This research explores the role of co-learning in addressing water issues, being both context sensitive and responsive to the needs, lived experiences and symbolic representations of people at the local level in the case of the West Bank. Water is essential to the wellbeing of all societies, not only due to the necessity of water for life, but because it connects us to stories about place, beliefs and norms, identity and others, through the meanings that it invariably comes to embody. This research critically examines the significance for learning of freshwater: as a physical necessity; as a metaphor; and, as a source of meaning in the context of community-based water interventions. The dominance of particular narratives around water in the Occupied Palestinian Territories are discussed, as these have resulted in the acceptance of specific understandings about the problems and solutions to the water shortages that are experienced across the West Bank in differentiated ways. The effects of these narratives on water intervention processes and outcomes are observed, being most adverse in relation to local ownership, agency and identity as well as sustainability. A meaning-based framework is proposed based on an understanding of sense of place and a socio-political perspective of water shortages, as a way to reconnect the discourse with Palestinians' own accounts of water and place, and to provide opportunities to explore NGO engagement with divergent knowledges, perspectives, and priorities during interventions. It is argued that water interventions can be understood as a social learning process, which NGOs may be ideally situated to mediate. A model of learning and sustainable development is revisited and revised in order to consider the relationship between participation, agency and sustainability in relation to community-based water interventions.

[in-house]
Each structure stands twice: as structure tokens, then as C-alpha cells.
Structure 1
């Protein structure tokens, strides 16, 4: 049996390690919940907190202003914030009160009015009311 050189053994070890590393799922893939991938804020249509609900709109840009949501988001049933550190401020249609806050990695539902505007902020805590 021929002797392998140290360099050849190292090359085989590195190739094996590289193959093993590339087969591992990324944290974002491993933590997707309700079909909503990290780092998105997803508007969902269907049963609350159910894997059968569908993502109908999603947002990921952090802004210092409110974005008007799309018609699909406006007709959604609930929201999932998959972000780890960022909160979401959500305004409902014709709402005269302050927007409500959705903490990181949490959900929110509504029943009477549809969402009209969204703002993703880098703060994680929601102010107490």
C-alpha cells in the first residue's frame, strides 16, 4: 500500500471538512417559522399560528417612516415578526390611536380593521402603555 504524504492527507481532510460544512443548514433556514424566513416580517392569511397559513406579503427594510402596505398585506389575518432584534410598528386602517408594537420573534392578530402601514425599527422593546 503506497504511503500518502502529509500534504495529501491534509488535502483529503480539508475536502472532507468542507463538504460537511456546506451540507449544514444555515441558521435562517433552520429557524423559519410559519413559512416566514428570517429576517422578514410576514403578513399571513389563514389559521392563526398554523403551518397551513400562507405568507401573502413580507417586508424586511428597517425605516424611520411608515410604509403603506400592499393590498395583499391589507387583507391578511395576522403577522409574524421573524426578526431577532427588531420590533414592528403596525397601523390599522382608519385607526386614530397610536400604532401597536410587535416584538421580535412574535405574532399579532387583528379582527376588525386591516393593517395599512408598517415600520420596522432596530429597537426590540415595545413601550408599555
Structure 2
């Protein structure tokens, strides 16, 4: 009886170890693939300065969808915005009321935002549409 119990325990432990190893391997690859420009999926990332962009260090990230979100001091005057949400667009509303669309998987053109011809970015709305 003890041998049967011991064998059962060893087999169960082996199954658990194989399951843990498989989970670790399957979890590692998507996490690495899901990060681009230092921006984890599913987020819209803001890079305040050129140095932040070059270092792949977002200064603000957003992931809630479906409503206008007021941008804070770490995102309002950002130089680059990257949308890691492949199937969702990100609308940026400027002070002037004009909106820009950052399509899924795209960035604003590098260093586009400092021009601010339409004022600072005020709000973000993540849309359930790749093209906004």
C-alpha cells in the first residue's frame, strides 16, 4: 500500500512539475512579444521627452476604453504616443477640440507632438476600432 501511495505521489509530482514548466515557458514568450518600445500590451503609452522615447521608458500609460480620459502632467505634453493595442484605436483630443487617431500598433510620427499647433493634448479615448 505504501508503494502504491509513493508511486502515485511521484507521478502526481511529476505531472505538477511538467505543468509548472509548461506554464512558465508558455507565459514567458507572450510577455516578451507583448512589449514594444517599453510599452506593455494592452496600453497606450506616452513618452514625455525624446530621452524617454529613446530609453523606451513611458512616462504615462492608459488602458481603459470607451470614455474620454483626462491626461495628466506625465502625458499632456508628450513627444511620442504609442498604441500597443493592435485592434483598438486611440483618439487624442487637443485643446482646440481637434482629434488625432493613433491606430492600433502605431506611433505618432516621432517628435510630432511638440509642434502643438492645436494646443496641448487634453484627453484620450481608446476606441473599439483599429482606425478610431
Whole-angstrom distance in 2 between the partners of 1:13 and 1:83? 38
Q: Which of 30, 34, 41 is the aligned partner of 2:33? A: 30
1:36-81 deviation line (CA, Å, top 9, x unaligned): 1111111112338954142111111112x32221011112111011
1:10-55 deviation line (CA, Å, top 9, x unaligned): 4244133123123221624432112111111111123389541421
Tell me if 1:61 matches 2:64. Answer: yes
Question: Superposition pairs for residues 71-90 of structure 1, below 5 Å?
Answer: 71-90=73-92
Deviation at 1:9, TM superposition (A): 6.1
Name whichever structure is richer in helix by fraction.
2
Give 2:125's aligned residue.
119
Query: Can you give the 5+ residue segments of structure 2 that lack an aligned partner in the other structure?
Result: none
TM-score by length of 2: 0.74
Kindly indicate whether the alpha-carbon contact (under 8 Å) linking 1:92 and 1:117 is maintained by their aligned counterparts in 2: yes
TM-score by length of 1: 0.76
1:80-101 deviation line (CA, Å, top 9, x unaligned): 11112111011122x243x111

- sense of place
- social learning
- Occupied Palestinian Territories
- West Bank